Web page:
The leading cause of medical malpractice lawsuits are misdiagnosis. A missed diagnosis or a delayed diagnosis can be tragic. Therefore, it is essential that you play an active role in your medical care. In her book,”When Doctor’s Don’t Listen; How to Avoid Misdiagnosis and Unnecessary Tests,” Leana Wen, a George Washington University physician, states that your doctor will most likely interrupt you within the first 10 seconds of your conversation.
Ten seconds is not much time to discuss your symptoms or ask questions about your diagnosis, treatment and/or care.
How Common are Misdiagnoses?
A study released in by HealthGrades in 2004 found that “failure to rescue,” or failure to correctly diagnose someone in time for effective treatment, was the most common safety incident. These incidents average 155 incidences per 1000 hospitalized patients. In a 1997 survey by the National Patient Safety Foundation, it was found that among people reporting a medical mistake 40 percent reported a diagnostic or treatment error. However, some of the latest and most troubling research, comes from the a May 2013 article from the National Center for Policy Analysis, which reported that an estimated 10 to 20 percent of medical cases are misdiagnosed. Their analysis found fatal diagnostic errors accounted for 40,500 deaths each year — equal to the number of breast cancer deaths in the U.S.
It is important to remember that as a patient, you are a consumer in the health industry. As with any industry, it is your responsibility and right to demand proper service and treatment. Many diagnostic errors are blamed on poor communication and/or a lack of information. It is imperative that your doctor understands why you are there and that all of your questions and concerns are satisfactorily answered and addressed.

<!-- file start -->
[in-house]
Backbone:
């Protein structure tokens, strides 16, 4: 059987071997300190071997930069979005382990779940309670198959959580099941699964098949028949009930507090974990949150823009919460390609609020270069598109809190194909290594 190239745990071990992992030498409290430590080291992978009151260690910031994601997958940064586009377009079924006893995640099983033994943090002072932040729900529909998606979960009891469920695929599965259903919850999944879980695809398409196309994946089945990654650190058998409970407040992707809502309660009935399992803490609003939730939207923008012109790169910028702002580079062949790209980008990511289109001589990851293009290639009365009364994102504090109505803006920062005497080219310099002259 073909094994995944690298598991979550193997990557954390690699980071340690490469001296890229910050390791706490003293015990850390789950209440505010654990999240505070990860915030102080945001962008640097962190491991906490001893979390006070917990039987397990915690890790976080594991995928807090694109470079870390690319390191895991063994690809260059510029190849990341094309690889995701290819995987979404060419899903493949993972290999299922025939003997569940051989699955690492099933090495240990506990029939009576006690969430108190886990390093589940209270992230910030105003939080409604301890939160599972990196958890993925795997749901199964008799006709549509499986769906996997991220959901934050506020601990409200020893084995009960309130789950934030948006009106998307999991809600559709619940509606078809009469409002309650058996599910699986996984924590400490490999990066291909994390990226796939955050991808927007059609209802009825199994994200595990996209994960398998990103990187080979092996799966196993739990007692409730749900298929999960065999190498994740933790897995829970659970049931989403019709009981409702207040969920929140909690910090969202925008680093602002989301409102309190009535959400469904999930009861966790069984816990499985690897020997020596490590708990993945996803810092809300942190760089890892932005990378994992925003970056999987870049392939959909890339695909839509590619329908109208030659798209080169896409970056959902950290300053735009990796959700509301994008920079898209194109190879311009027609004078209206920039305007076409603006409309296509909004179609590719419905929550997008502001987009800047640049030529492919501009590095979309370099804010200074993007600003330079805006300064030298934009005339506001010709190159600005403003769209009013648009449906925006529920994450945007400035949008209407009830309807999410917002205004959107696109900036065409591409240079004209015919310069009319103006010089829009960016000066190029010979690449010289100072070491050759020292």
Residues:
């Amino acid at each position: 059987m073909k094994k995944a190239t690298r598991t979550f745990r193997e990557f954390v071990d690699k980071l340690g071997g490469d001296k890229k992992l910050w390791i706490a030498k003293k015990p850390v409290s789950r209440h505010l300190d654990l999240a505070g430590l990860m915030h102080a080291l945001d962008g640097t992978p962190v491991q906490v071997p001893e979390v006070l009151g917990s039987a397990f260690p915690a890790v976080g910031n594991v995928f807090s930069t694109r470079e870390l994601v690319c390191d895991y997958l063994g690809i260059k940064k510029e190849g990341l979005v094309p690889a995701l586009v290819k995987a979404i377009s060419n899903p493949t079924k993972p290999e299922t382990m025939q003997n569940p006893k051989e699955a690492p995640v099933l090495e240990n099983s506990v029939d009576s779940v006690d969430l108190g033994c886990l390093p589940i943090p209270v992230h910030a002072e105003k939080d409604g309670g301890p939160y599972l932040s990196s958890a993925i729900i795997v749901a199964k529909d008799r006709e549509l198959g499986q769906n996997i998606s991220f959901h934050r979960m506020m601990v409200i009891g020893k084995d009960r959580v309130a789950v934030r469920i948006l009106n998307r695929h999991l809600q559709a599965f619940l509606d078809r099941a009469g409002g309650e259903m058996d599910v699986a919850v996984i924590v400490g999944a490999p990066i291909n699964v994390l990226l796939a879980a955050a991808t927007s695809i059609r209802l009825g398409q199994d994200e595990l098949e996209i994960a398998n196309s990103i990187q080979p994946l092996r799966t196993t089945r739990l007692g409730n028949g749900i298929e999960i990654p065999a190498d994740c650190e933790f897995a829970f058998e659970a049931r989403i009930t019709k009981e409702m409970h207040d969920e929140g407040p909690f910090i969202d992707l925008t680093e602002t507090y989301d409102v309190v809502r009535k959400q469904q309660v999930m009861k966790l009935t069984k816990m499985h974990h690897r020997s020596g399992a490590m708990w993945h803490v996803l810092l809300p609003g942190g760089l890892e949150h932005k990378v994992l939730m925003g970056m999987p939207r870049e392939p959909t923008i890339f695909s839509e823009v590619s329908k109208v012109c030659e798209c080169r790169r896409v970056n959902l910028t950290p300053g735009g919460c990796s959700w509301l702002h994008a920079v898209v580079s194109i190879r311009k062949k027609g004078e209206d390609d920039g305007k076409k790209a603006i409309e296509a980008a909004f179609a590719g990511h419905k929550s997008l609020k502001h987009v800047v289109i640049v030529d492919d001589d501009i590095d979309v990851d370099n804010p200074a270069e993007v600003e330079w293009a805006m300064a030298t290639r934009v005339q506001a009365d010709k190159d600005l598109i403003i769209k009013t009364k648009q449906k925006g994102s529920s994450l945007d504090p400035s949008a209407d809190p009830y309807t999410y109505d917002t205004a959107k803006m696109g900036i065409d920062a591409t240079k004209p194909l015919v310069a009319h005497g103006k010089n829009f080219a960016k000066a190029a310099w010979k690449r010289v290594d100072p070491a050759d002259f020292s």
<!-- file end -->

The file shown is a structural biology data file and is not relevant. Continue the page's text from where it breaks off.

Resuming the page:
In an interview with the Denver Post, Dr. Wen gives the following tips:
Prepare your case in advance. Before you arrive at the doctor’s office, prepare yourself. Write down all of your symptoms and include details about when they began, if they have worsened or become better, and any changes in your life that may have affected your health. Plan what you are going to say.
Tell your story concisely. Within that crucial first 10 seconds (before your doctor interrupts you) state your main concern, when you noticed it, and how it affects your life.
Expand on your answers. Your doctor may ask a yes or no question, but answer fully with all necessary details whenever possible.
Ask your own questions. Don’t only answer questions. Ask your doctor what they think, how your symptoms may be related or what diagnostic options they are weighing.
Use simple, not complex language. Clear communication is crucial here. Don’t use terms you heard on television or read as you were trying to diagnose yourself online. Talk to your doctor as if you were talking to a friend. Leave as little room for confusion as possible.
Write down your doctor’s recommendations, diagnosis and suggestions. You may forget some of the details addressed as soon as you walk out the door.
Even those who do everything correctly may end up becoming the victim of a misdiagnosis. If you believe you or a loved one has been misdiagnosed and suffered unduly because of it, it is important to contact an experienced medical malpractice lawyer. The medical malpractice lawyers at Clekis Law Firm can help you thoroughly review you case and assist you in taking the steps necessary to receive compensation.